Saturday, 28 October 2017

Another addition at the waste water site

Two weeks ago, I made another trip to the waste water site just north of the city. It has been a migrant trap all autumn. That day was no exception. 

It was also the second visit running when I managed to add another species to my country list.

I have learned by now to loiter at the very beginning of any session there near where the car drops me off.

young European turtle dove

Almost immediately I found a young European turtle dove. It was quite relaxed for its species. I suspect it has never heard the sound of a gun.

blue rock thrush

Soon after, I came across a blue rock thrush. This is towards the southern edge of its wintering range and there are no hills for two hundred kilometres. The area around Nouakchott is flat. I understand some make it to cliffs in north west Senegal. I hope this one finds them.

European pied flycatcher

And still another wave of pied flycatcher was observed. The numbers are seemingly endless.

first common redstart

Common redstart started passing through about two weeks after the first pied flycatcher but they keep coming too. Actually, a few winter in the far south of the country. I have seen them there too.

another common redstart

Once more there were ducks at the pools and once more they avoided going into the water.

northern pintail

This time there were common teal and northern pintail.


There have been subtle changes in the types of waders over the past two months.I am seeing my first black-tailed godwit and no more redshank for example though this might not be a pattern. Little stint, wood sandpiper, ruff, dunlin and ringed plover have been most predictable.

glossy ibis

The variety from the heron family was the lowest for a while. Only a purple heron and a glossy ibis showed this time.

pintail in flight

I had been trying to work out for the past few weeksif any of the five or six blue-cheeked bee-eater  had included passage birds. I concluded the behaviour of all was residential. It looks like I had been right.

migrant blue-cheeked bee-eater

While I was there that Sunday, about 30 blue-cheeked bee-eater arrived from the north in two waves. They stayed a couple of hours each and then carried on south. These were true passage birds.


With one last look at the deeper pools, I moved on to the east side of the site.

This side has only very shallow water and mud flats but it has much more cover close to the water. It is proving to be the best area for passerines.

European reed warbler 1

A European reed warbler was uncharacteristically out in the open and close to me for a while. it was a pleasurable few minutes.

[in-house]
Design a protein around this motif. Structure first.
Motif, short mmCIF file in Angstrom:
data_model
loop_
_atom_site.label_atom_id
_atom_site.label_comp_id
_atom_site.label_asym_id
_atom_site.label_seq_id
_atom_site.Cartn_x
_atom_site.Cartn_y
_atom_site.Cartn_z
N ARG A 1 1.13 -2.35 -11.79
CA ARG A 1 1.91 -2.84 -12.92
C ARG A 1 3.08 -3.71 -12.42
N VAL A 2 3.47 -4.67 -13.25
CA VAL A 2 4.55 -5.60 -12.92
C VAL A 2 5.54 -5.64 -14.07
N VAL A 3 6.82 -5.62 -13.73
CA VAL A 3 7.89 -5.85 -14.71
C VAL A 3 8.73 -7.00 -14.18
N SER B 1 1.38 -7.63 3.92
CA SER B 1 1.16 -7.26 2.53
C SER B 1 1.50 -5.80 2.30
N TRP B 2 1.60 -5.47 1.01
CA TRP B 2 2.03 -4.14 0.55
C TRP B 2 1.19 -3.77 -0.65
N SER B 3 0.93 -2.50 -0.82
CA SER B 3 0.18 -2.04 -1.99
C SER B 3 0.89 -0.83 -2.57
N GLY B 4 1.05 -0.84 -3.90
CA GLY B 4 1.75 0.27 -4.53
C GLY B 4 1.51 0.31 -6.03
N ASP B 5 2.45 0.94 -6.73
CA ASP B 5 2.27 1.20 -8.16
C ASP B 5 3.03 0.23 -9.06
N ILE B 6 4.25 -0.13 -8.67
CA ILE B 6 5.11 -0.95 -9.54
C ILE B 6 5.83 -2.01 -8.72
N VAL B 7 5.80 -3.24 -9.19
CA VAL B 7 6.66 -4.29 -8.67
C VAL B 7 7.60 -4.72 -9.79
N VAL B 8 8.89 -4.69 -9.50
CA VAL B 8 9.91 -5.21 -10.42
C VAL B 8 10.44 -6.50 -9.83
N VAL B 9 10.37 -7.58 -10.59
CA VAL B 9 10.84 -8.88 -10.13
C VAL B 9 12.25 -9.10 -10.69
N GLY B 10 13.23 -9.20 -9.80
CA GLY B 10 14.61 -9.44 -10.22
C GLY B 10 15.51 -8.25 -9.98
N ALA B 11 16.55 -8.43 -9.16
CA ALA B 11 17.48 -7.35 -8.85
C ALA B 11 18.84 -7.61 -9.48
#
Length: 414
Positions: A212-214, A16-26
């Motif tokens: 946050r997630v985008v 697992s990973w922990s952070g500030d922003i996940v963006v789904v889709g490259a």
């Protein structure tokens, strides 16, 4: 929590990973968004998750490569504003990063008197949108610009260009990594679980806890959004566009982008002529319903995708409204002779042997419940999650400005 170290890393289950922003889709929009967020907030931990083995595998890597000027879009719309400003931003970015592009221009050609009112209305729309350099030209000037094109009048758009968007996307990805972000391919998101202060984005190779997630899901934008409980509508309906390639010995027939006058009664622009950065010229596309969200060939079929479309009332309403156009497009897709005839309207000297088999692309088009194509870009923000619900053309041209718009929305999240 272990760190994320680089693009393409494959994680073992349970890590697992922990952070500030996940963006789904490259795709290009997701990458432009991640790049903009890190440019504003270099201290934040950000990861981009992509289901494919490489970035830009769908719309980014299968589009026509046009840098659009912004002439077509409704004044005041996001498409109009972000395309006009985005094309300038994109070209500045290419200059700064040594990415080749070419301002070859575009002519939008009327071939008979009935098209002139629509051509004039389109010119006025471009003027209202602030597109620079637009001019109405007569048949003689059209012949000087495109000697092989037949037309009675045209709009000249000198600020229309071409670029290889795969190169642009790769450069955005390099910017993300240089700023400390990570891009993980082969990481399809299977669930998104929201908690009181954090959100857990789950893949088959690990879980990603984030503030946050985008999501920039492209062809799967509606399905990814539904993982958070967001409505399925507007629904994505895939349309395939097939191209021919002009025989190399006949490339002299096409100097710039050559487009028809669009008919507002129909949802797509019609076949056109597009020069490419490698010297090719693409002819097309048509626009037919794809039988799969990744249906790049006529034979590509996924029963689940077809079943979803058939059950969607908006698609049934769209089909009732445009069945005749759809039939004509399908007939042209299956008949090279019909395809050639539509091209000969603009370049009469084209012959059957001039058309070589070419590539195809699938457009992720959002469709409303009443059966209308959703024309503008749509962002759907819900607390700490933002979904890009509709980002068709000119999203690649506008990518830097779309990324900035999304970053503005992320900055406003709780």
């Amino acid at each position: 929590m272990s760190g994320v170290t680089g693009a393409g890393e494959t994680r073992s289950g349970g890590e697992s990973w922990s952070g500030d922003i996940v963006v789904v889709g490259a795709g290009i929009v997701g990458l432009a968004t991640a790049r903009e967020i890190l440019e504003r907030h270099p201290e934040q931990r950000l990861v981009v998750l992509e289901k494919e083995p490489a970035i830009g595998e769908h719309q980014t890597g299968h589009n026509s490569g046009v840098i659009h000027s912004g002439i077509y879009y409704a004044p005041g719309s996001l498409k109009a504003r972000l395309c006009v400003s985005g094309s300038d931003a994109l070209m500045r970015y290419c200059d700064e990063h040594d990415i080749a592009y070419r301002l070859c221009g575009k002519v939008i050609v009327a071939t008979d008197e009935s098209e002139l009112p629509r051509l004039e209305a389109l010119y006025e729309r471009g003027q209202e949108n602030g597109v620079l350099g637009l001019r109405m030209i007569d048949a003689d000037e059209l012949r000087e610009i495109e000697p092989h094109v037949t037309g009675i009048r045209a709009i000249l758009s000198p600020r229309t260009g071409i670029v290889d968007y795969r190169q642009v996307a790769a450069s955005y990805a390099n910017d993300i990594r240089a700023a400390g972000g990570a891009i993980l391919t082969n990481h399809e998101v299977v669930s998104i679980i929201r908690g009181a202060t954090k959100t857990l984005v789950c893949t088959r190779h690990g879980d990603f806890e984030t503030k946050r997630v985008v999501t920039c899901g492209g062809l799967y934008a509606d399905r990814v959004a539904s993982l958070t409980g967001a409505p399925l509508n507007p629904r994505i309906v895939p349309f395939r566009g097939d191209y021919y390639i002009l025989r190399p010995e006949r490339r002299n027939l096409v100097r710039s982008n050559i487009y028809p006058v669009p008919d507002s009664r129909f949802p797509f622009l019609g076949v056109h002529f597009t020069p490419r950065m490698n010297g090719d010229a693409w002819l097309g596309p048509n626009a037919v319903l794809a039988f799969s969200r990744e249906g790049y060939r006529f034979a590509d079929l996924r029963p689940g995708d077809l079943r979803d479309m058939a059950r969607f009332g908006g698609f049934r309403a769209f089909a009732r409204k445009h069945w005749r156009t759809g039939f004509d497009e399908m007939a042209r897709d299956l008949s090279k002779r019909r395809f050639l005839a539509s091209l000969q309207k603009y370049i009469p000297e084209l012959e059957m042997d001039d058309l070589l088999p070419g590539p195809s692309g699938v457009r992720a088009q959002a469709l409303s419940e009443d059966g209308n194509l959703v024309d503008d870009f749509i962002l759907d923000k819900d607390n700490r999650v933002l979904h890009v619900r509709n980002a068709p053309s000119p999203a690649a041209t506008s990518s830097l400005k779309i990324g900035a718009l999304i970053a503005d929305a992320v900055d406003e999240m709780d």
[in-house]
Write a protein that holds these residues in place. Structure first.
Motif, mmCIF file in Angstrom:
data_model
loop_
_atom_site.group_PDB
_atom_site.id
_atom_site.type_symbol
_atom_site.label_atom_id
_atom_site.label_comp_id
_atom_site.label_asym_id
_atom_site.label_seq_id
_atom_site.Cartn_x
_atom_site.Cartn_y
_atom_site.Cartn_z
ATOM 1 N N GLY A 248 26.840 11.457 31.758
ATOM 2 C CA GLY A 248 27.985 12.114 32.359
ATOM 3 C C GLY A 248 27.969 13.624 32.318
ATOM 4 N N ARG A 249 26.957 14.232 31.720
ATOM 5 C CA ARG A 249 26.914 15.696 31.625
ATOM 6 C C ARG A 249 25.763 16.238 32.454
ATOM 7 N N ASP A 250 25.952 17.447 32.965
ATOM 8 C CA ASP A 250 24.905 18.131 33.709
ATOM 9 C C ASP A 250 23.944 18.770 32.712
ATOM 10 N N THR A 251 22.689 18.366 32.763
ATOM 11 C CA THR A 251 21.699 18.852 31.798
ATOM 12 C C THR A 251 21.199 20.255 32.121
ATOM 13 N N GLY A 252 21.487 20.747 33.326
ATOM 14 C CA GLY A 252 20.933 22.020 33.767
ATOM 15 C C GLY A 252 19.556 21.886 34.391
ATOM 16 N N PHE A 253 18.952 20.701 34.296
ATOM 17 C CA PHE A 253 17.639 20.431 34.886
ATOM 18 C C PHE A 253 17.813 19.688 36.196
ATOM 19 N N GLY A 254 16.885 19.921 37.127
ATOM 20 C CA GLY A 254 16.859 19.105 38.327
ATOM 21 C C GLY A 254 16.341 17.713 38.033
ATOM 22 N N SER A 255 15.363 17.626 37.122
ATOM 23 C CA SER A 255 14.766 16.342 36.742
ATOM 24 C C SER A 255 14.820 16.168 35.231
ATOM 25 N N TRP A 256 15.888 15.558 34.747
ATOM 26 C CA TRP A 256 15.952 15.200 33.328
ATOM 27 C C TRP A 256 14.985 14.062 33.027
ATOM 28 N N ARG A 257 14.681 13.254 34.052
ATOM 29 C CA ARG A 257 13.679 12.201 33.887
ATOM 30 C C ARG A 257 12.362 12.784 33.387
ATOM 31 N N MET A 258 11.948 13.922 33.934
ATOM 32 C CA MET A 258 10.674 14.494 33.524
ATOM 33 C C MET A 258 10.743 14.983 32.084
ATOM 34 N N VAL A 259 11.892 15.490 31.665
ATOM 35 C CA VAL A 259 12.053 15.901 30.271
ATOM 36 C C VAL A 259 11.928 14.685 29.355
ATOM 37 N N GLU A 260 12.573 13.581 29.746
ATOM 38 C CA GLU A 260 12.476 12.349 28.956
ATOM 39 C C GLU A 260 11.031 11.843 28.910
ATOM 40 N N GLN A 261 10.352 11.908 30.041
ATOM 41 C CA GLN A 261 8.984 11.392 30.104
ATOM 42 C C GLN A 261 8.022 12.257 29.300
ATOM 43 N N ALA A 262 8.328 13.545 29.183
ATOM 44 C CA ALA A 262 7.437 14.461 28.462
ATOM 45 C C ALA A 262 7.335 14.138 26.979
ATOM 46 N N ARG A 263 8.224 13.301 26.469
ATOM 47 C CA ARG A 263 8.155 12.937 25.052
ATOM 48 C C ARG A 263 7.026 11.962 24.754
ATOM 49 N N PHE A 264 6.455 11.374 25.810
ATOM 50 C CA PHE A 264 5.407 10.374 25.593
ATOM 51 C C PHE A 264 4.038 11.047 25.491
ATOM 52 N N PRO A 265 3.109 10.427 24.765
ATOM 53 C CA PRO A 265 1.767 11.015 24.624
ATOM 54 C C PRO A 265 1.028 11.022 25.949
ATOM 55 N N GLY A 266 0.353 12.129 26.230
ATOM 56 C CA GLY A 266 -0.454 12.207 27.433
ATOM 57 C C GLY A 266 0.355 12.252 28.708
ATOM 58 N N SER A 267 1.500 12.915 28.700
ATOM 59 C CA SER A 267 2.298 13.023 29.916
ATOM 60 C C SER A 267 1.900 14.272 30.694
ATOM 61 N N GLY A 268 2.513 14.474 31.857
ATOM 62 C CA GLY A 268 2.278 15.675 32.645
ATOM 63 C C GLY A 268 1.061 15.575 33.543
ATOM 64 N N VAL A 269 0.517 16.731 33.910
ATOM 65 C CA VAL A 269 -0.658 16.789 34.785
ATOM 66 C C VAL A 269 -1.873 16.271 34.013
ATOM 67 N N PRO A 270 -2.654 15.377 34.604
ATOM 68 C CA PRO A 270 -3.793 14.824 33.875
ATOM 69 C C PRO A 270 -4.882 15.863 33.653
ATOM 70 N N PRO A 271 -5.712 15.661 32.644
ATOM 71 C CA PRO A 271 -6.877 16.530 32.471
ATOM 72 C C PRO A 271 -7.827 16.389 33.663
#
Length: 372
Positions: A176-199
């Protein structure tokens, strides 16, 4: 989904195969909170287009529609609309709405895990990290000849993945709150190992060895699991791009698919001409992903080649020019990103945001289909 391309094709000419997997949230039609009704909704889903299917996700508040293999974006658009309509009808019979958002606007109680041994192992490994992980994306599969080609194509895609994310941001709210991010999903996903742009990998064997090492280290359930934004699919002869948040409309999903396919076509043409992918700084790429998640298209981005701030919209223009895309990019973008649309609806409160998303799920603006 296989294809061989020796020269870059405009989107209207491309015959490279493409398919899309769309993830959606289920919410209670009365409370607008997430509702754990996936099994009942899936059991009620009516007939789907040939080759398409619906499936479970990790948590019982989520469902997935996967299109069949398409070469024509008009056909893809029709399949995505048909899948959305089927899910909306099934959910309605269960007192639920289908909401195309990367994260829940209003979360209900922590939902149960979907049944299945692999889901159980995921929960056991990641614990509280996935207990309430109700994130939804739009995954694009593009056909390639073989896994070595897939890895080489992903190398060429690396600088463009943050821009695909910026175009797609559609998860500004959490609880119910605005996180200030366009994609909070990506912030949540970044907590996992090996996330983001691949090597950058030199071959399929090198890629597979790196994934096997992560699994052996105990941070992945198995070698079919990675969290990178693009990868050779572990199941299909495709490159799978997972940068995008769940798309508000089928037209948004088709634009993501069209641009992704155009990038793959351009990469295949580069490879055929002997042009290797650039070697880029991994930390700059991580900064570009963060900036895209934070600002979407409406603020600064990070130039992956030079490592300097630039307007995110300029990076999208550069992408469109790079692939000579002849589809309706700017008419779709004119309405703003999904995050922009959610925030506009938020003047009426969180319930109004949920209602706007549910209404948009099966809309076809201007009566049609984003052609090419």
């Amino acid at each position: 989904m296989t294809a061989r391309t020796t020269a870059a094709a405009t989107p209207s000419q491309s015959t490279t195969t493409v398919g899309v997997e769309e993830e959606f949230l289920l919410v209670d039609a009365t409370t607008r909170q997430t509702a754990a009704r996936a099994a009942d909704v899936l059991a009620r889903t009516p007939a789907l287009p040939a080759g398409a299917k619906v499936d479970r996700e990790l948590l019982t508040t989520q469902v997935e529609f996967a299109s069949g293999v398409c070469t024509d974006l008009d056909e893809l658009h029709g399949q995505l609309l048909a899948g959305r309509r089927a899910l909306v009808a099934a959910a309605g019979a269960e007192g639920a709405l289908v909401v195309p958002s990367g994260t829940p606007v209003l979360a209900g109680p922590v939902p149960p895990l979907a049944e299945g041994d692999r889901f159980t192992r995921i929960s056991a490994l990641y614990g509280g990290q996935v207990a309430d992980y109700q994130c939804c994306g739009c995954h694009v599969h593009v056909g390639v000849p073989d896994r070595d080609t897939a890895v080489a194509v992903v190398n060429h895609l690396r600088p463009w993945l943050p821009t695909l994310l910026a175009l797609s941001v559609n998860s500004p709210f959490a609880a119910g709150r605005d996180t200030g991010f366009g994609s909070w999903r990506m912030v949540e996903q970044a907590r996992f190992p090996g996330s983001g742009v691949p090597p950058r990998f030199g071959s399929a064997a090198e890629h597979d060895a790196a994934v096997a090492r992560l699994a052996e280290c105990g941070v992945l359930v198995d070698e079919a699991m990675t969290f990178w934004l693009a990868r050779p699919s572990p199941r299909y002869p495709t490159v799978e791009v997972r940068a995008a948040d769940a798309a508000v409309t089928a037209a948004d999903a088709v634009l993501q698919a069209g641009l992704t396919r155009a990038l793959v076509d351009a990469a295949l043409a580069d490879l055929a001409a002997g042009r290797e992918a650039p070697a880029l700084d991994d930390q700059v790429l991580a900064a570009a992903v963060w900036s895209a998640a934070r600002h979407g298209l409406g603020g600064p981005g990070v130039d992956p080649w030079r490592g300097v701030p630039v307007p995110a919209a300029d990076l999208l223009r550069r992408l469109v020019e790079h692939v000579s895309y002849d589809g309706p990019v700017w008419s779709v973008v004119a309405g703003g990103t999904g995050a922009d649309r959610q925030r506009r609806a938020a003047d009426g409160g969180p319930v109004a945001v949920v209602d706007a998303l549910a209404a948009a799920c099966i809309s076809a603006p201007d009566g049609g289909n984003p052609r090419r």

European reed warbler 2

White wagtail and a much smaller number of yellow wagtail were darting over the muddy areas.

white wagtail

The odd barn swallow rested on the bushes.

barn swallow

I finally managed to photograph some ortolan bunting. This was the third time I had seen some at the site recently.

October is the autumn month to see them in Mauritania.

ortolan bunting

I don't see many little ringed plover in the Nouakchott area, certainly when compared with common ringed plover but there was one at the shallow pools. By its almost white eye ring, this was a first year bird.

little ringed plover

I spent some time trying to get better pictures of the ortolan bunting before returning to the lake on my way back.

ortolan bunting

Two marsh harrier had been around all session. One had taken an interest in the blue-cheeked bee-eater without success.

marsh harrier

These pools are attracting more birds of prey than ever as the pools and surrounding cover mature. I do hope that a big contaiminated delivery doesn't occur. Another few months and this site will be very good indeed. If reeds start to grow the existng water quality could improve too.

the pools

Another bird of prey landed for a short while and it was a short-toed snake eagle. They are passage birds through Nouakchott though very large numbers winter along the Senegal River Valley.

short-toed snake eagle

The new addition to my country list came late. As usual I walked under the canopy of avenue of trees in the shade on my way back to the car. It was here I flushed a European scops owl. I saw it clearly a second time towards the top of swaying trees. Unfortunately the swaying branches didn't allow for pictures. Nevertheless it was very welcome.

Species seen at the waste water site on October 14th 2017

Northern Pintail  
Eurasian Teal  
Purple Heron  
Glossy Ibis  
Short-toed Eagle  
Western Marsh Harrier  
Spur-winged Lapwing  
Kentish Plover  
Common Ringed Plover  
Little Ringed Plover  
Black-tailed Godwit  
Little Stint  
Common Snipe  
Common Sandpiper  
Green Sandpiper  
Wood Sandpiper  
European Turtle Dove  
Laughing Dove  
Namaqua Dove  
European Scops Owl  
Eurasian Hoopoe  
Blue-cheeked Bee-eater  
Eurasian Wryneck  
Lanner Falcon  
Southern Grey Shrike  
Crested Lark  
Barn Swallow  
Red-rumped Swallow  
Common House Martin  
Willow Warbler  
Common Chiffchaff  
Western Olivaceous Warbler  
Sedge Warbler  
Eurasian Reed Warbler  
Cricket Longtail  
Spotted Flycatcher  
European Pied Flycatcher  
Common Redstart  
Blue Rock Thrush  
Northern Wheatear  
Western Yellow Wagtail  
White Wagtail (alba)  
Tree Pipit  
Red-throated Pipit  
Ortolan Bunting  
House Sparrow  
Sudan Golden Sparrow  

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